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|Figure 2: Magnetic resonance imaging showing a relatively well-defined lesion of hyperintensive signals in a T2-weighted image with no soft tissue extension|
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A posterolateral incision was given over left elbow and fracture of dorsal aspect of olecranon was noted. Lytic cavity was assessed and gelatinous “chocolate brown” material was curetted out. Thorough curettage was adjuvant with a sharp burr, cautery on spray mode, and hydrogen peroxide to prevent recurrence. The cavity was packed with autograft from ipsilateral iliac crest to add strength to the curetted lesion.
Histopathology of the resected specimen revealed mononuclear ovoid and spindle-shaped cells associated with multinucleated giant cells and macrophages [Figure 3].
|Figure 3: Histological analysis showing mononuclear ovoid and spindle-shaped cells associated with multinucleated giant cells and macrophages characteristic of giant cell tumor of bone|
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Follow-up was done at regular interval and the patient showed obvious incorporation of autograft with pain-free movements with healing of pathological fracture [Figure 4] and [Figure 5]. No recurrence or any other complication was noted during follow-up period.
| Discussion|| |
Most GSTs are found in the proximal tibia, distal femur, and distal radius., Other less frequent sites include the proximal femur, vertebral bodies, distal tibia, proximal fibula, hand, and wrist., In addition, GCTs occurring in the patella and great trochanter have been reported.,,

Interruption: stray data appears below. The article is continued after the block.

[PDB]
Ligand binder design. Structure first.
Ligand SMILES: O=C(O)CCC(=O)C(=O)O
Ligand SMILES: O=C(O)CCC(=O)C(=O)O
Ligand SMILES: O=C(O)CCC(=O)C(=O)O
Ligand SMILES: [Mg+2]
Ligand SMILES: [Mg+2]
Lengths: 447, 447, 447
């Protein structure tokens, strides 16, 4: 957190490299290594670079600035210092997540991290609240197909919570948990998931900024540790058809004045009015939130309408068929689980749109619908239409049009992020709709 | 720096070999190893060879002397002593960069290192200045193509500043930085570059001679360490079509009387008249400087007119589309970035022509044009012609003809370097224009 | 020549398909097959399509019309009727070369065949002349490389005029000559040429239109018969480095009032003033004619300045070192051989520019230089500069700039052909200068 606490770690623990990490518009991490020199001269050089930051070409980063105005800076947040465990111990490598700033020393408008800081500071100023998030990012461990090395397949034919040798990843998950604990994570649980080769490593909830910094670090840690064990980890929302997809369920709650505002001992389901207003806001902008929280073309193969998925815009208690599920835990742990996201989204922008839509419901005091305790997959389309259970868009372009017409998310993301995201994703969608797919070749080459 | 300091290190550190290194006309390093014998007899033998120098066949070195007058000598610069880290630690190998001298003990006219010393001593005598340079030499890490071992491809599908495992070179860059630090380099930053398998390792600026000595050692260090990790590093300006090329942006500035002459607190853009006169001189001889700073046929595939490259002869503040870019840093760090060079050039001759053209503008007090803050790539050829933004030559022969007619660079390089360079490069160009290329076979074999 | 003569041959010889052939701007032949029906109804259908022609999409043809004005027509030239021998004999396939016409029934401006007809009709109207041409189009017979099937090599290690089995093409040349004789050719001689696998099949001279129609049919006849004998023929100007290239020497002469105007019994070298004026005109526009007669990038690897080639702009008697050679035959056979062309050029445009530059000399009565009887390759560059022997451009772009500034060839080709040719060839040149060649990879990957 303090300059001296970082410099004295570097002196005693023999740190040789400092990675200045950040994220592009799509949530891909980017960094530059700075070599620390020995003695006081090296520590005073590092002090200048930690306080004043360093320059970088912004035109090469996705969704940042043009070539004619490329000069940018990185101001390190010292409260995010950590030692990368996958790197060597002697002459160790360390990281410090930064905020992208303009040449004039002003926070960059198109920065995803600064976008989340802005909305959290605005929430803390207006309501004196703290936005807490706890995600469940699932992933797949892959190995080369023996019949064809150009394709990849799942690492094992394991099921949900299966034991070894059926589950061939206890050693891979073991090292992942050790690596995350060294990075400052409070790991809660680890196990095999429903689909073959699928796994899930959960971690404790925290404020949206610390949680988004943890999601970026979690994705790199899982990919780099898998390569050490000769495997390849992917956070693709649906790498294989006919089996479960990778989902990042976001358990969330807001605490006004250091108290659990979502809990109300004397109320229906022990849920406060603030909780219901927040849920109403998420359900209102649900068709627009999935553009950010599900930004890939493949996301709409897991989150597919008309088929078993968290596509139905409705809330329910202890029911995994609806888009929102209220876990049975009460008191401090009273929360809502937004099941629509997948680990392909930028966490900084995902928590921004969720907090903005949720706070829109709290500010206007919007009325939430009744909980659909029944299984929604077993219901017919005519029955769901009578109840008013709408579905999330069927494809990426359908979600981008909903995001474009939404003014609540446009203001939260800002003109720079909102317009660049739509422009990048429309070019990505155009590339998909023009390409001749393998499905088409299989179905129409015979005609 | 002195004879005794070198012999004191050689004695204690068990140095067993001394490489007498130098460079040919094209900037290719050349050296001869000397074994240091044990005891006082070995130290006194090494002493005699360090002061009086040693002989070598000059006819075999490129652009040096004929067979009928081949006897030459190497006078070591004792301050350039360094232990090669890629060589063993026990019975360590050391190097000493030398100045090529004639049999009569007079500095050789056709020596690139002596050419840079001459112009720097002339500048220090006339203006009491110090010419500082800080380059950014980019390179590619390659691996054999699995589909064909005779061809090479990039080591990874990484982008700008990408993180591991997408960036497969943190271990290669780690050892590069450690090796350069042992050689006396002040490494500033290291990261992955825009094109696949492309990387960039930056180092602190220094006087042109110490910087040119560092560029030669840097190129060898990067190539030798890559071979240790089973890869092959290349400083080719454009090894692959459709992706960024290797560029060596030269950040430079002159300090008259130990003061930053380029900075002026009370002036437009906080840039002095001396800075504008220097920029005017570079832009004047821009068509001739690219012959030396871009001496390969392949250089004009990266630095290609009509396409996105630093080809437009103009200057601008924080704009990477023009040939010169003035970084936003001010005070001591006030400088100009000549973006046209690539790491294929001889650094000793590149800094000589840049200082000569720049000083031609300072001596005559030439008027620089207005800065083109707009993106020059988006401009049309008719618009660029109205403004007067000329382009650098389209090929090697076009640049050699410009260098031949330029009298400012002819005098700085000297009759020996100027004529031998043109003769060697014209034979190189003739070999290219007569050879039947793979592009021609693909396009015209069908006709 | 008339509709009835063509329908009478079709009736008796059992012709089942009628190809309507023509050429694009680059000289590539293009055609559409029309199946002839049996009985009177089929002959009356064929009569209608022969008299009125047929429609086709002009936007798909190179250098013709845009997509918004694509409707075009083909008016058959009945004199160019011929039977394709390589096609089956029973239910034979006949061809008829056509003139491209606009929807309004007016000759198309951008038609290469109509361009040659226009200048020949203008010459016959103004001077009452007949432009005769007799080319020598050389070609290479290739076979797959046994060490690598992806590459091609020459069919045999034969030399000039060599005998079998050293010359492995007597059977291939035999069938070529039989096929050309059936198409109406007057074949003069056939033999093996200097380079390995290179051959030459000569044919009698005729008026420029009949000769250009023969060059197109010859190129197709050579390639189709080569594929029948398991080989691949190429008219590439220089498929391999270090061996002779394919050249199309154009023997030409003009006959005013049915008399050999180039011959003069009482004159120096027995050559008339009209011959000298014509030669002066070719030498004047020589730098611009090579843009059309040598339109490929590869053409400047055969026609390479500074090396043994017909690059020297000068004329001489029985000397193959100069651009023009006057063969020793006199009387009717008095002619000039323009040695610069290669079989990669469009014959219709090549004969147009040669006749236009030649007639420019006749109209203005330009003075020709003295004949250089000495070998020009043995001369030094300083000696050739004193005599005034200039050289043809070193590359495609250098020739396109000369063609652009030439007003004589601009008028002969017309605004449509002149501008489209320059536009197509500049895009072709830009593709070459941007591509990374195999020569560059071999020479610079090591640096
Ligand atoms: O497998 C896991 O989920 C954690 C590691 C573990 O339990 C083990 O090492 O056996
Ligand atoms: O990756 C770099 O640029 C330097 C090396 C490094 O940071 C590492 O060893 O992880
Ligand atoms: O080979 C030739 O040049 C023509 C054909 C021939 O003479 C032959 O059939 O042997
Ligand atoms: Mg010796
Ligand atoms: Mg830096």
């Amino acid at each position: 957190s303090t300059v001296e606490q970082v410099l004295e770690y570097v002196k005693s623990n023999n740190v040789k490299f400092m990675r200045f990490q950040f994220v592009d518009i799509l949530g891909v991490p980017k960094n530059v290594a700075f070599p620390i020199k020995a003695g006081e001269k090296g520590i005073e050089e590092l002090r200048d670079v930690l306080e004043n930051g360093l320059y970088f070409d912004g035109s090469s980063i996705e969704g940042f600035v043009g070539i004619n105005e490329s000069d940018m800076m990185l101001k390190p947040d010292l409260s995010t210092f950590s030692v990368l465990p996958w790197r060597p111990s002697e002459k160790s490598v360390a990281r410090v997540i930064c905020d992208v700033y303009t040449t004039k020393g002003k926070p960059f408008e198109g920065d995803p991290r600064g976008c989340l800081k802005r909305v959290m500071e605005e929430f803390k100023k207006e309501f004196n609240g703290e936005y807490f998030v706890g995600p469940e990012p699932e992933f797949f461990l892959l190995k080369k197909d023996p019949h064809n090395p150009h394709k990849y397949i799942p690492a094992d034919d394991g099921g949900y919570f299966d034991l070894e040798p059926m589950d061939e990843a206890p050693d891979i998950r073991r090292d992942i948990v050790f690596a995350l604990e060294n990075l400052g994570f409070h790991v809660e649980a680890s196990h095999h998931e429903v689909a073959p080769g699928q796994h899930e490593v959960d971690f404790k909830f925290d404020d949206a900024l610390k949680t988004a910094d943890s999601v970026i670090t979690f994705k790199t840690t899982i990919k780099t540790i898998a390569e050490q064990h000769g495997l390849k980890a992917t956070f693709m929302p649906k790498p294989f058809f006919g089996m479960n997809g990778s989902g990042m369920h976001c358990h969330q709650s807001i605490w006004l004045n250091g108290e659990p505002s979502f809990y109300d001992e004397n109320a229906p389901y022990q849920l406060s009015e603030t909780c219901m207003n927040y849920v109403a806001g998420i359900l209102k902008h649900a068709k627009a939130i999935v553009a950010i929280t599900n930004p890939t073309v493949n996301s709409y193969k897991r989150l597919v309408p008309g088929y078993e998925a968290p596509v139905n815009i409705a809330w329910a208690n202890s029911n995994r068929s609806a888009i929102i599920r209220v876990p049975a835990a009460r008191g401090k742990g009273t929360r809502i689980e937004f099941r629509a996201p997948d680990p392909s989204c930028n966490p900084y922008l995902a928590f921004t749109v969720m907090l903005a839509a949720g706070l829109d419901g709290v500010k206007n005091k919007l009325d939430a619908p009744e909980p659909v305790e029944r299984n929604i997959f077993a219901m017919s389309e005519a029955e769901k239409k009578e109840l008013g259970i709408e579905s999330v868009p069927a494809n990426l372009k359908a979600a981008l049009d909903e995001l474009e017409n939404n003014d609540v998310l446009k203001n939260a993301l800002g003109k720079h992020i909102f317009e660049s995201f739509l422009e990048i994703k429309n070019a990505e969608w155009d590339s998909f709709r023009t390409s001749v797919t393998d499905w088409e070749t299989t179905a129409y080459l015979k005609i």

In several large studies,,, a total number of 1447 GCT of bone cases have been reported, but none of them were located in the olecranon. In addition, Hoch et al. reported one patient with multicentric GCTs involving the left proximal ulna from a 12-year retrospective study conducted at the Mayo Clinic. Shankman et al. analyzed 1728 GCT cases and found 42 to be localized in distal end of ulna but none in proximal ulna. Although Dahlin and Unni mentioned one case of GCT of proximal ulna in a series of 429 cases, Yang et al. reported a rare case of GCT olecranon with pathological fracture and extending into the elbow joint.
Olecranon is a rare site for ganglion cyst, osteoid osteoma, and metastasis  as well. A brown tumor resulting from hyperparathyroidism presents with similar radiographic features. The clinical course and X-ray examination helped in the exclusion of these differential diagnoses. Despite the eccentric location, the lesion had characteristics similar to those occurring in bones with a smaller diameter, such as the proximal fibula.
Similarly, the lesion was treated in the same way as GCT occurring in a common location. Intralesional curettage was done despite a higher incidence of local recurrence. The use of local adjuvants such as liquid nitrogen, bone cement, and hydrogen peroxide  may reduce the rate of local recurrence. In this case, we made use of sharp burrs, cautery on spray mode, and irrigation with hydrogen peroxide solution.
| Conclusion|| |
GCT of bone is a relatively common benign bone lesion that is usually located in long bones, while involvement of the olecranon is extremely rare.
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Conflicts of interest
There are no conflicts of interest.
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[Figure 1], [Figure 2], [Figure 3], [Figure 4], [Figure 5]